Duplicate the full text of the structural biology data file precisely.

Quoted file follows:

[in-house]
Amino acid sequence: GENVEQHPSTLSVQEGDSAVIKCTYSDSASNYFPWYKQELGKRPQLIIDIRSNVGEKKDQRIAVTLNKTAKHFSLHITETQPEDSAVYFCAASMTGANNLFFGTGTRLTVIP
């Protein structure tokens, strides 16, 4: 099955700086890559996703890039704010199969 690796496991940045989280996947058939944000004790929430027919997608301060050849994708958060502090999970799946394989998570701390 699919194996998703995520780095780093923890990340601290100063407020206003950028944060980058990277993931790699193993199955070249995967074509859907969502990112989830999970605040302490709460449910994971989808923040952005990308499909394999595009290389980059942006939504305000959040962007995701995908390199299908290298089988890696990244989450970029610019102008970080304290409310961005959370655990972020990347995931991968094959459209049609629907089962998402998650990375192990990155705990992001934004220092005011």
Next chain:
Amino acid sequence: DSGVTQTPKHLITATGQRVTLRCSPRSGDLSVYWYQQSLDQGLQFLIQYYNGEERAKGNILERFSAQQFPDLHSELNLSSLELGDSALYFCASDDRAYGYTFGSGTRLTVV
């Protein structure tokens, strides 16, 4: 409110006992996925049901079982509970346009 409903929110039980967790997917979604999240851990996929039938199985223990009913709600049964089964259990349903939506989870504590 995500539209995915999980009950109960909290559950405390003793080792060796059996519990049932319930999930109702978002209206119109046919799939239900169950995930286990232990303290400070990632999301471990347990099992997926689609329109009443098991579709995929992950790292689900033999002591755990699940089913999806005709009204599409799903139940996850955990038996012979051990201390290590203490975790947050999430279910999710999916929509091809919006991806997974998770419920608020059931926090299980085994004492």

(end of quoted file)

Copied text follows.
[in-house]
Amino acid sequence: GENVEQHPSTLSVQEGDSAVIKCTYSDSASNYFPWYKQELGKRPQLIIDIRSNVGEKKDQRIAVTLNKTAKHFSLHITETQPEDSAVYFCAASMTGANNLFFGTGTRLTVIP
């Protein structure tokens, strides 16, 4: 099955700086890559996703890039704010199969 690796496991940045989280996947058939944000004790929430027919997608301060050849994708958060502090999970799946394989998570701390 699919194996998703995520780095780093923890990340601290100063407020206003950028944060980058990277993931790699193993199955070249995967074509859907969502990112989830999970605040302490709460449910994971989808923040952005990308499909394999595009290389980059942006939504305000959040962007995701995908390199299908290298089988890696990244989450970029610019102008970080304290409310961005959370655990972020990347995931991968094959459209049609629907089962998402998650990375192990990155705990992001934004220092005011």
Next chain:
Amino acid sequence: DSGVTQTPKHLITATGQRVTLRCSPRSGDLSVYWYQQSLDQGLQFLIQYYNGEERAKGNILERFSAQQFPDLHSELNLSSLELGDSALYFCASDDRAYGYTFGSGTRLTVV
């Protein structure tokens, strides 16, 4: 409110006992996925049901079982509970346009 409903929110039980967790997917979604999240851990996929039938199985223990009913709600049964089964259990349903939506989870504590 995500539209995915999980009950109960909290559950405390003793080792060796059996519990049932319930999930109702978002209206119109046919799939239900169950995930286990232990303290400070990632999301471990347990099992997926689609329109009443098991579709995929992950790292689900033999002591755990699940089913999806005709009204599409799903139940996850955990038996012979051990201390290590203490975790947050999430279910999710999916929509091809919006991806997974998770419920608020059931926090299980085994004492």